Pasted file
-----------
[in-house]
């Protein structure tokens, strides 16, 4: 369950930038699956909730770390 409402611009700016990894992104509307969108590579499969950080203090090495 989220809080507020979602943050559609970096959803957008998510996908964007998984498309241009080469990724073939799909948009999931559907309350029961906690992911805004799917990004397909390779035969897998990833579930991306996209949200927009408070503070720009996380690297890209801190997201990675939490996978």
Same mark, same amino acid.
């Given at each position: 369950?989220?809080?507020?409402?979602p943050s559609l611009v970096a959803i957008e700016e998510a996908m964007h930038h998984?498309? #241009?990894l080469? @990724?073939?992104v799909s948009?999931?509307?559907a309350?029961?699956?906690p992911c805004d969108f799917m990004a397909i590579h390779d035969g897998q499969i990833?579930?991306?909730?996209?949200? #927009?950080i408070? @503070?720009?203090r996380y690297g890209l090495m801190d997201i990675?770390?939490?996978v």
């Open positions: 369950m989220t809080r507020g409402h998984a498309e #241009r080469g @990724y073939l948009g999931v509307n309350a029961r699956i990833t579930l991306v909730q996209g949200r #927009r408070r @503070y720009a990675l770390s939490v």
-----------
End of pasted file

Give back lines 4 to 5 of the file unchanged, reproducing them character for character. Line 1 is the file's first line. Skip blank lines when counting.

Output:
């Given at each position: 369950?989220?809080?507020?409402?979602p943050s559609l611009v970096a959803i957008e700016e998510a996908m964007h930038h998984?498309? #241009?990894l080469? @990724?073939?992104v799909s948009?999931?509307?559907a309350?029961?699956?906690p992911c805004d969108f799917m990004a397909i590579h390779d035969g897998q499969i990833?579930?991306?909730?996209?949200? #927009?950080i408070? @503070?720009?203090r996380y690297g890209l090495m801190d997201i990675?770390?939490?996978v």
């Open positions: 369950m989220t809080r507020g409402h998984a498309e #241009r080469g @990724y073939l948009g999931v509307n309350a029961r699956i990833t579930l991306v909730q996209g949200r #927009r408070r @503070y720009a990675l770390s939490v």